CEO/President Jot Condie said, “We’re grateful to Gov. Newsom and his team for trying their best to imagine some scenario under which restaurants can reopen, but it’s now clear that the fight for our public health is ongoing, and that physical restrictions will continue, in some form or another, for an extended period of time.
“So, what is most critical right now for the future of restaurants is stepped-up state relief. That’s because restaurants will have difficulty sustaining their businesses and their workforce if their number of guests is restricted, particularly if public health needs dictate that those restrictions last months.”
Condie recently wrote an op-ed for the Sacramento News & Review titled “Why restaurants are worth saving.” In it, Condie noted:
- “California restaurants, which employ 1.4 million people during normal times, have been one of the industries hardest hit by COVID-19. “
- “Restaurants also generate more sales tax than any other industry, and that’s important because it helps fund public education, firefighting, and law enforcement.”
- “They are mostly independently-owned businesses whose owners live in the same community where they operate. In California, 60% of restaurants are owned by people of color.”
Restaurant Magazine Looks Ahead to Survival in Post-Lockdown World
QSR is a business-to-business magazine for the limited-service restaurant segment. Some of its recommendations:
- “Build your company’s digital ordering infrastructure now. Take this time of inactivity to build the app, install store shelving, and create marketing collateral so on the first day of your stores’ reactivation you’re also launching your digital ordering platform.”
- “Adjust your product offerings to accommodate new consumer needs. Launch catering items that are individually packaged and “grab and go,” like lunch boxes, or family packs for dining at home.”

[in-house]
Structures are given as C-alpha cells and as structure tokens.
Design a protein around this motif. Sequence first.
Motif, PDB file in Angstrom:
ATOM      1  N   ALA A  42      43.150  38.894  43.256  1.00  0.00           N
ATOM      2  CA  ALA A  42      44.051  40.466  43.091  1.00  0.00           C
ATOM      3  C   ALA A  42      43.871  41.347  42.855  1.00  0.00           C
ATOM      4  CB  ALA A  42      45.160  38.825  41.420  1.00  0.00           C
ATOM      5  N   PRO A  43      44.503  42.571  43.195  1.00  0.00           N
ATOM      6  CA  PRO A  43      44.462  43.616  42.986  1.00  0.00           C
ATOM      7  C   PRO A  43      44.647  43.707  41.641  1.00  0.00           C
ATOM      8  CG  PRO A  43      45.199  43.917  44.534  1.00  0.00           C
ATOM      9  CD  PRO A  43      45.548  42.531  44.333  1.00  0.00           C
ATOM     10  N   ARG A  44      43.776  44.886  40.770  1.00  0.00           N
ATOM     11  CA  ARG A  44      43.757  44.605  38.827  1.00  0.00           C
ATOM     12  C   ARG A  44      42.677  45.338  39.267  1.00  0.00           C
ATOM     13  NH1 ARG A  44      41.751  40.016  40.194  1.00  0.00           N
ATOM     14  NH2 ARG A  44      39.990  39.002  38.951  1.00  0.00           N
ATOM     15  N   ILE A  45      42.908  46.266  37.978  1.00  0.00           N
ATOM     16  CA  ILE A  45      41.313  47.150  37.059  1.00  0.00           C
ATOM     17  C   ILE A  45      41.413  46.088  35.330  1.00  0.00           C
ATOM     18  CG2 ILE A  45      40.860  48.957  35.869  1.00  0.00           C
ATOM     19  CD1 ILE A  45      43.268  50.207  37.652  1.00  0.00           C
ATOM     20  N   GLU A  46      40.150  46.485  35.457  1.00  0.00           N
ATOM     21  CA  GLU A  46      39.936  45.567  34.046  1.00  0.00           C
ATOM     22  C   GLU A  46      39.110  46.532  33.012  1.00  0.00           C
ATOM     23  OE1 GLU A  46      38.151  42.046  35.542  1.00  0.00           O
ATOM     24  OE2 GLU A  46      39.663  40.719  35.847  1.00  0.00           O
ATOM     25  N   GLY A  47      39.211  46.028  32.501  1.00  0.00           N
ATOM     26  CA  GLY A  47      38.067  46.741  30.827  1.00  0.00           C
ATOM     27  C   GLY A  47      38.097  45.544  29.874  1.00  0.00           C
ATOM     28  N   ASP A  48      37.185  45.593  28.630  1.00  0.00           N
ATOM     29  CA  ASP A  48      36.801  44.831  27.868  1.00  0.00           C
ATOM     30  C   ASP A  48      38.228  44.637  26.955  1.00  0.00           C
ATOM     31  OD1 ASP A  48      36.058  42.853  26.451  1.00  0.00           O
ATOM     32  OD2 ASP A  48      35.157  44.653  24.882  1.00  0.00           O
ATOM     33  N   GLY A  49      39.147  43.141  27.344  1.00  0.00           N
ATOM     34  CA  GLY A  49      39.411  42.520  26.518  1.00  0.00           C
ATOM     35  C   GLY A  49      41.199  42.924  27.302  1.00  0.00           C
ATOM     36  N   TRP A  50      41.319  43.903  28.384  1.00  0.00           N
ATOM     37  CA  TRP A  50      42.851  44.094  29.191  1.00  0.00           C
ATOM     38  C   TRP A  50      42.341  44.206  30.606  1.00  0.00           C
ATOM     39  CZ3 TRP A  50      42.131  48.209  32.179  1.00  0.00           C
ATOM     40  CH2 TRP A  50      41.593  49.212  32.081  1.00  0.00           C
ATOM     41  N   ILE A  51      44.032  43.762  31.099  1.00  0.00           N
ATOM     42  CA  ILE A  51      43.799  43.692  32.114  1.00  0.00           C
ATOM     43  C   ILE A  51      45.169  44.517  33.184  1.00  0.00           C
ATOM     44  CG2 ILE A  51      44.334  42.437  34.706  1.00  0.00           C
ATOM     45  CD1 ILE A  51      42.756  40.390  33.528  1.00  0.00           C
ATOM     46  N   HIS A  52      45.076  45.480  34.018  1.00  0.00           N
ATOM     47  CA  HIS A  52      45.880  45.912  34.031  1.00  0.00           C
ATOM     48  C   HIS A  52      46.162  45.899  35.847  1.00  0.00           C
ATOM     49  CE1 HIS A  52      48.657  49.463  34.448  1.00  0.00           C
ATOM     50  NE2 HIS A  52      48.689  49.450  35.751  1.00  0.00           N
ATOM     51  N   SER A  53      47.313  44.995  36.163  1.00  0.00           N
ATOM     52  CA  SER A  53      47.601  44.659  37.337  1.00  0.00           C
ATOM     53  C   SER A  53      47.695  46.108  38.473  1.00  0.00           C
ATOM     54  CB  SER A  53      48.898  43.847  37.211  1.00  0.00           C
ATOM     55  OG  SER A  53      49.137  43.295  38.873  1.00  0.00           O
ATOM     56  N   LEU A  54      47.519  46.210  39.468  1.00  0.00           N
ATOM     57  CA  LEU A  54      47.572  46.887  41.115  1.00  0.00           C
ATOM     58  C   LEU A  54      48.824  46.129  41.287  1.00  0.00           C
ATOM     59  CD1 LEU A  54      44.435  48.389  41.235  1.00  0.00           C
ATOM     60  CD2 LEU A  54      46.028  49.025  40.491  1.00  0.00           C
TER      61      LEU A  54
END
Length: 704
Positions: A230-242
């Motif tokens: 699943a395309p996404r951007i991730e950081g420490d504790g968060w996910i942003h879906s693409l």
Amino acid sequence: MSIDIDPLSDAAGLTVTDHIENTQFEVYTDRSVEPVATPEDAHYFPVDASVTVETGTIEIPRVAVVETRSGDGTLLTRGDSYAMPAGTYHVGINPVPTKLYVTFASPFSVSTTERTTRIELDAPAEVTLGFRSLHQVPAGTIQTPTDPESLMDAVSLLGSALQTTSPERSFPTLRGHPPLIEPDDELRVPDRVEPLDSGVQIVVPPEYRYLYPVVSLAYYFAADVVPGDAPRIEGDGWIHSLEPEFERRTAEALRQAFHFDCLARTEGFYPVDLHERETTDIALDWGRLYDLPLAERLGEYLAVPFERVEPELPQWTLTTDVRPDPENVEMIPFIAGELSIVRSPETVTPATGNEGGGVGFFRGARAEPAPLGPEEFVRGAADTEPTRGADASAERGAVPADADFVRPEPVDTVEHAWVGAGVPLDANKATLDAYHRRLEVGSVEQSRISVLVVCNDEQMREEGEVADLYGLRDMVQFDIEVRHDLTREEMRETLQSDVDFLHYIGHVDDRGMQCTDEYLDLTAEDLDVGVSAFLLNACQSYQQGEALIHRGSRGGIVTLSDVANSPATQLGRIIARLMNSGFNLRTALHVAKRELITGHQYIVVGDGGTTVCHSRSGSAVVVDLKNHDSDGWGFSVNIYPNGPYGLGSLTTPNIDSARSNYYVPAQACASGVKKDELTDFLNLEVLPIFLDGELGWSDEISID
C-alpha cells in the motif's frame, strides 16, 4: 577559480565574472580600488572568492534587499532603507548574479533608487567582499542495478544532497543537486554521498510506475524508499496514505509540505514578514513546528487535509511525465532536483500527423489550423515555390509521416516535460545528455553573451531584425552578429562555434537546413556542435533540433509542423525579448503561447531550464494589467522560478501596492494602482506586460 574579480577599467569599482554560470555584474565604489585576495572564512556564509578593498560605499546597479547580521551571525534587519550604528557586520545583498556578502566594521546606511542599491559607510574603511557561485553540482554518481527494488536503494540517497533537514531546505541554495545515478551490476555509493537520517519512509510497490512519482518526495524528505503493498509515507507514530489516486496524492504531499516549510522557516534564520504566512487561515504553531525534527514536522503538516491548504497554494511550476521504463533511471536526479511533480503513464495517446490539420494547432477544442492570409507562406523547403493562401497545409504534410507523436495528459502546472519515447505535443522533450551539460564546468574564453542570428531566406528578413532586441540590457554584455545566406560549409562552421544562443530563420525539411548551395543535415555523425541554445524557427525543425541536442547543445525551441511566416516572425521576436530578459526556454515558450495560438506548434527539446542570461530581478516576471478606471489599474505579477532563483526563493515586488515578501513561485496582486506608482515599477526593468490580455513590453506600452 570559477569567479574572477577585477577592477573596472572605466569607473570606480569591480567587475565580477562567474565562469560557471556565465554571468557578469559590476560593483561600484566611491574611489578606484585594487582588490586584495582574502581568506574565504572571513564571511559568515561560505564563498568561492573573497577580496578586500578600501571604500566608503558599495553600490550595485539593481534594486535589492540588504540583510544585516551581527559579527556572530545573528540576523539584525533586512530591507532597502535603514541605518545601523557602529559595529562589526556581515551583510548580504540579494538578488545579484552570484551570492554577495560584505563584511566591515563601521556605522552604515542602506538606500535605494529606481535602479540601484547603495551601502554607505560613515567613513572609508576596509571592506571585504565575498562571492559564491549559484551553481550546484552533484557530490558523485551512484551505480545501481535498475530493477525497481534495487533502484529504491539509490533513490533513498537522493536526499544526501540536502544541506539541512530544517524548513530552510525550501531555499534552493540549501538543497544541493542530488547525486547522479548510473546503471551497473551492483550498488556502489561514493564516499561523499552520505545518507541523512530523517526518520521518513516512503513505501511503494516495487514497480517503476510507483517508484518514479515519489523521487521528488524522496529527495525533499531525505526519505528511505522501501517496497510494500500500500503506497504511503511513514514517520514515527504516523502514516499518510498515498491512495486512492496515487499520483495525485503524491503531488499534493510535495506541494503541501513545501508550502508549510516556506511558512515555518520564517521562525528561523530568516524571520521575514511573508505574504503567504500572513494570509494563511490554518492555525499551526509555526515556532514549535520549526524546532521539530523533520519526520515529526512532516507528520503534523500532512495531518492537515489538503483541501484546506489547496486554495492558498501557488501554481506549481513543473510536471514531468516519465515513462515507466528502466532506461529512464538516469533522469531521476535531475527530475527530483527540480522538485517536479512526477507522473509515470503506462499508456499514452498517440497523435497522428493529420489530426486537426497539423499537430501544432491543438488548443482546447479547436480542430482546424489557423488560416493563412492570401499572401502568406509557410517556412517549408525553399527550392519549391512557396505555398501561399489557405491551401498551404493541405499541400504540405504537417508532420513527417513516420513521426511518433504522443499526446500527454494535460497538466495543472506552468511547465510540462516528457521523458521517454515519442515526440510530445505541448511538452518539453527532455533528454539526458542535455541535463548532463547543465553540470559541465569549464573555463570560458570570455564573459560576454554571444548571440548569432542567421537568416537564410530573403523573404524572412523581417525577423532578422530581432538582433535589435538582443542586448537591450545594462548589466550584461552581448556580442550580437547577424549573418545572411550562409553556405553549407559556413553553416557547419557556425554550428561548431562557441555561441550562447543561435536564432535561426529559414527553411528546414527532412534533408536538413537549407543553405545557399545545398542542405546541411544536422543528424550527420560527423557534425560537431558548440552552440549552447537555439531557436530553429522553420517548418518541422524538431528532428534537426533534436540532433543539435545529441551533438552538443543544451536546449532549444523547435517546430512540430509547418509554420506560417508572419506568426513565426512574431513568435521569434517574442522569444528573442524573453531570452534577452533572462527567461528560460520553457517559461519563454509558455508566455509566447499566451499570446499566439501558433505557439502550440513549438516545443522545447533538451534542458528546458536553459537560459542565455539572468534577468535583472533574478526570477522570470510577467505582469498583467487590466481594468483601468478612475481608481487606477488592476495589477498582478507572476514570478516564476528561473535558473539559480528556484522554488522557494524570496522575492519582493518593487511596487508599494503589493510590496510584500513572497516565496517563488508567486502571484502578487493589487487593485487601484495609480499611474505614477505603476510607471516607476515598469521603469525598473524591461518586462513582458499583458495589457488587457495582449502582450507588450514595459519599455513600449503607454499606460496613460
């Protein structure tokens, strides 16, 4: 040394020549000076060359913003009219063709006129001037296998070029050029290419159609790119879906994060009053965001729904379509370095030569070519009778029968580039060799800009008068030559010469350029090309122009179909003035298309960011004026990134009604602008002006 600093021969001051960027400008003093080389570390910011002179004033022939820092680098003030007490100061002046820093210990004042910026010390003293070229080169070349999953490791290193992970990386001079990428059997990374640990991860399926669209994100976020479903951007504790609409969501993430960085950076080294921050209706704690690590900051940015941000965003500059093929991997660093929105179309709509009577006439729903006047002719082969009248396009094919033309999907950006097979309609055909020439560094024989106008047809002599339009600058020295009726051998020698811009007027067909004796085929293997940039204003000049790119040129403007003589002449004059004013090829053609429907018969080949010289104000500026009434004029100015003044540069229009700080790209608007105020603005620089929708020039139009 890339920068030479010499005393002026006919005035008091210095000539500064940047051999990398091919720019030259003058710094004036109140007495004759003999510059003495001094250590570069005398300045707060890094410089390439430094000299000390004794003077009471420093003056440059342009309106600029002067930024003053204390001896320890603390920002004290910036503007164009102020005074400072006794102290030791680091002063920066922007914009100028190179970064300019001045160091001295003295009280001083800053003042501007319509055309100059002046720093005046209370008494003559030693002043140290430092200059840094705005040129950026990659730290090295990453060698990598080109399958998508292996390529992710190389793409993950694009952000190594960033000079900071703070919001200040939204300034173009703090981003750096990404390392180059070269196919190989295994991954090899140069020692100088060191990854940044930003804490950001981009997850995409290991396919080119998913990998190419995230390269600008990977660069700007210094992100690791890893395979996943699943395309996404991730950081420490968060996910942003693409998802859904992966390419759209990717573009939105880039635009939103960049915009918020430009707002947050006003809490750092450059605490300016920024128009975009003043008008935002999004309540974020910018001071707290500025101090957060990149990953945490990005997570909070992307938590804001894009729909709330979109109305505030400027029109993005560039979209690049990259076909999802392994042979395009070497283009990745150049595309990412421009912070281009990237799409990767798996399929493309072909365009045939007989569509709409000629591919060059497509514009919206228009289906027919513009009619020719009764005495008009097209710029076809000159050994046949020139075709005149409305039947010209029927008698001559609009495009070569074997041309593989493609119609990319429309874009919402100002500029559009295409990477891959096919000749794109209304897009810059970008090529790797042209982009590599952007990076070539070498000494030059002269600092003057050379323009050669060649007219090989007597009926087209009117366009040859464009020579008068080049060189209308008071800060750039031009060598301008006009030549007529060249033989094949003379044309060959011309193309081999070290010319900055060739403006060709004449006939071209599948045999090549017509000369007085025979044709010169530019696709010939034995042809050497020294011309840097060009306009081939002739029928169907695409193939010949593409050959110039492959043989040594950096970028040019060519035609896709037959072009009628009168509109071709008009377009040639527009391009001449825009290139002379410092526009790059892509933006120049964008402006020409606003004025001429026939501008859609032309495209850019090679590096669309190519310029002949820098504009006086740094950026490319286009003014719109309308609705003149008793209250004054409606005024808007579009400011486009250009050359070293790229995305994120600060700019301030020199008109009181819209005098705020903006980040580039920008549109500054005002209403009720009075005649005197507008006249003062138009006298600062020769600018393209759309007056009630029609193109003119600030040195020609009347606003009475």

- “Communicate with your employees. Phone calls are better than emails. Write down your bullet points, start dialing, and commit to routine communication. Your employees will never forget it.”
A Fight for Business Interruption Insurance Claims
The Independent Restaurant Coalition was formed to save local restaurants affected by COVID-19. The coalition’s mission statement says 11 million people across the country employed by restaurants.
In a report on Yahoo Finance, many restaurant owners say they fear that when the U.S. economy re-opens, their financial losses will continue to mount. They are concerned that people will be reluctant to gather in crowded rooms in the absence of a cure for the coronavirus.
Financial relief from Congress doesn’t currently account for that scenario, the IRC points out. The group is also asking Congress for tax rebates, and a requirement that business interruption insurance be extended to cover the coronavirus pandemic.
In a letter to House and Senate leadership, the IRC writes, “Every restaurant across the country pays premiums for business interruption insurance to safeguard their businesses and the livelihoods of their employees in the case of natural disaster or Civil Authority Shutdown. Unfortunately, these very firms we rely on to protect us are avoiding coverage during this disaster by falsely claiming that the virus does not cause a dangerous condition to property.”
“We’re also looking to extend the maximum loan to three months after we’re allowed to reopen because after the eight-week clock runs out, independent restaurants will still be closed,” said Kwame Onwuachi, founding member of the IRC, which represents over 500,000 restaurants.